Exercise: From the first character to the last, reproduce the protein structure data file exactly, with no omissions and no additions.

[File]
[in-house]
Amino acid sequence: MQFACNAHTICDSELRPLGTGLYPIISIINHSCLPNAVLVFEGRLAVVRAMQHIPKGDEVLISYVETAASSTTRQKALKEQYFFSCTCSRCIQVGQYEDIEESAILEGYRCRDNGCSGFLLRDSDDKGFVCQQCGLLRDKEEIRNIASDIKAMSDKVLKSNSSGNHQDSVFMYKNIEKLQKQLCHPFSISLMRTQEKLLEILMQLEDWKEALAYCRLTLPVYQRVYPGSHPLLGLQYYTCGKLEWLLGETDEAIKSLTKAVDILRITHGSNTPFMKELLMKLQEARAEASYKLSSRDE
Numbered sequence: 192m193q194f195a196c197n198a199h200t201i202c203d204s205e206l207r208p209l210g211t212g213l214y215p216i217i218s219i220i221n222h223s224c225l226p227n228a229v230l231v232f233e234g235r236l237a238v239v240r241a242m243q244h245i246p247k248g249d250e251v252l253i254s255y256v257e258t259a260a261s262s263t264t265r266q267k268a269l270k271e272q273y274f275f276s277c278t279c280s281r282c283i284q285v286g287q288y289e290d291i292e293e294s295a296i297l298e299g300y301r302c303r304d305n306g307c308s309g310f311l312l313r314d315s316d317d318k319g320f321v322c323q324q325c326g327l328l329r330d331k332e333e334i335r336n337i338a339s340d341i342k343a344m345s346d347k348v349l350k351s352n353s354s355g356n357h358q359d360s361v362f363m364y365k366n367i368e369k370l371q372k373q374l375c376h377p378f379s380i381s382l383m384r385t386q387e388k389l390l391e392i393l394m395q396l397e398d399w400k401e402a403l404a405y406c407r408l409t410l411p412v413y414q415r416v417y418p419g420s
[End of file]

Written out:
[in-house]
Amino acid sequence: MQFACNAHTICDSELRPLGTGLYPIISIINHSCLPNAVLVFEGRLAVVRAMQHIPKGDEVLISYVETAASSTTRQKALKEQYFFSCTCSRCIQVGQYEDIEESAILEGYRCRDNGCSGFLLRDSDDKGFVCQQCGLLRDKEEIRNIASDIKAMSDKVLKSNSSGNHQDSVFMYKNIEKLQKQLCHPFSISLMRTQEKLLEILMQLEDWKEALAYCRLTLPVYQRVYPGSHPLLGLQYYTCGKLEWLLGETDEAIKSLTKAVDILRITHGSNTPFMKELLMKLQEARAEASYKLSSRDE
Numbered sequence: 192m193q194f195a196c197n198a199h200t201i202c203d204s205e206l207r208p209l210g211t212g213l214y215p216i217i218s219i220i221n222h223s224c225l226p227n228a229v230l231v232f233e234g235r236l237a238v239v240r241a242m243q244h245i246p247k248g249d250e251v252l253i254s255y256v257e258t259a260a261s262s263t264t265r266q267k268a269l270k271e272q273y274f275f276s277c278t279c280s281r282c283i284q285v286g287q288y289e290d291i292e293e294s295a296i297l298e299g300y301r302c303r304d305n306g307c308s309g310f311l312l313r314d315s316d317d318k319g320f321v322c323q324q325c326g327l328l329r330d331k332e333e334i335r336n337i338a339s340d341i342k343a344m345s346d347k348v349l350k351s352n353s354s355g356n357h358q359d360s361v362f363m364y365k366n367i368e369k370l371q372k373q374l375c376h377p378f379s380i381s382l383m384r385t386q387e388k389l390l391e392i393l394m395q396l397e398d399w400k401e402a403l404a405y406c407r408l409t410l411p412v413y414q415r416v417y418p419g420s